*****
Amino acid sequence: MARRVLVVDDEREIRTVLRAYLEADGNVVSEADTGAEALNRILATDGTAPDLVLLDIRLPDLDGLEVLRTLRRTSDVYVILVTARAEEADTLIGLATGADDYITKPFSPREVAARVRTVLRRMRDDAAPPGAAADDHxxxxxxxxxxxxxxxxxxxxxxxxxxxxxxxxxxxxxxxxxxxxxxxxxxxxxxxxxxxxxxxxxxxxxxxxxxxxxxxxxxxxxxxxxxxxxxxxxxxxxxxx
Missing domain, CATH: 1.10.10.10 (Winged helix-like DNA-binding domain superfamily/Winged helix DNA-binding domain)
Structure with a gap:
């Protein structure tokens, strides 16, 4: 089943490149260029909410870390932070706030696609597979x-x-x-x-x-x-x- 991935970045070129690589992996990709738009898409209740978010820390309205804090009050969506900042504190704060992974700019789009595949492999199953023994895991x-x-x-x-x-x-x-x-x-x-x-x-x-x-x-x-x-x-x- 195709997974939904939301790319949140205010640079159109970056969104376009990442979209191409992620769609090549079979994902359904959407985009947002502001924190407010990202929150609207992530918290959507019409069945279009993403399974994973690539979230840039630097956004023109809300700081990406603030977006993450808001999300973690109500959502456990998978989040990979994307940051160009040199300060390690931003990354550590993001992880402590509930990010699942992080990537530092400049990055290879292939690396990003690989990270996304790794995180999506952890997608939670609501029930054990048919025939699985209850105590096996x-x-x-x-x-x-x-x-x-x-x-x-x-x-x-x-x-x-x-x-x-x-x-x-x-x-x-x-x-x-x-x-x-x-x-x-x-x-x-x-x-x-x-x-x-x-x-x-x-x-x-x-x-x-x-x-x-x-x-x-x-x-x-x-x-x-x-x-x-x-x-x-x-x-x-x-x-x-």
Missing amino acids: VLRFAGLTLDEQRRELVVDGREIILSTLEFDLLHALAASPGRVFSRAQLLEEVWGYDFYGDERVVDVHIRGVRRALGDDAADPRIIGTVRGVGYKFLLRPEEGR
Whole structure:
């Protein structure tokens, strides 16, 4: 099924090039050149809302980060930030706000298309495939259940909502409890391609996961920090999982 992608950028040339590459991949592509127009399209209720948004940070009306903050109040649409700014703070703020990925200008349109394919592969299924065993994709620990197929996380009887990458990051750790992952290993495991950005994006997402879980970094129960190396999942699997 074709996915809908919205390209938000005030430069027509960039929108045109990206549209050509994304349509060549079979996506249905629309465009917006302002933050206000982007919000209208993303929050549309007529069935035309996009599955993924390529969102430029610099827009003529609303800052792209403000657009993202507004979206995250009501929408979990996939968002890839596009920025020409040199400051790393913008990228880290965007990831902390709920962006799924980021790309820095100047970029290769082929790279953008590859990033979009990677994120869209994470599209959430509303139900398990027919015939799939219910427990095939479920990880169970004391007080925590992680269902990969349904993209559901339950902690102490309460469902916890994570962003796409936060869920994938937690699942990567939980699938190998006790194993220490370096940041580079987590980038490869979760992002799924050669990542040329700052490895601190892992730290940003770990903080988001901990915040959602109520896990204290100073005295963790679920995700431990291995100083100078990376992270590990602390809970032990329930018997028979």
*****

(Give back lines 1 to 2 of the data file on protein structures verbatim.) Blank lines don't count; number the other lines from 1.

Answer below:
Amino acid sequence: MARRVLVVDDEREIRTVLRAYLEADGNVVSEADTGAEALNRILATDGTAPDLVLLDIRLPDLDGLEVLRTLRRTSDVYVILVTARAEEADTLIGLATGADDYITKPFSPREVAARVRTVLRRMRDDAAPPGAAADDHxxxxxxxxxxxxxxxxxxxxxxxxxxxxxxxxxxxxxxxxxxxxxxxxxxxxxxxxxxxxxxxxxxxxxxxxxxxxxxxxxxxxxxxxxxxxxxxxxxxxxxxx
Missing domain, CATH: 1.10.10.10 (Winged helix-like DNA-binding domain superfamily/Winged helix DNA-binding domain)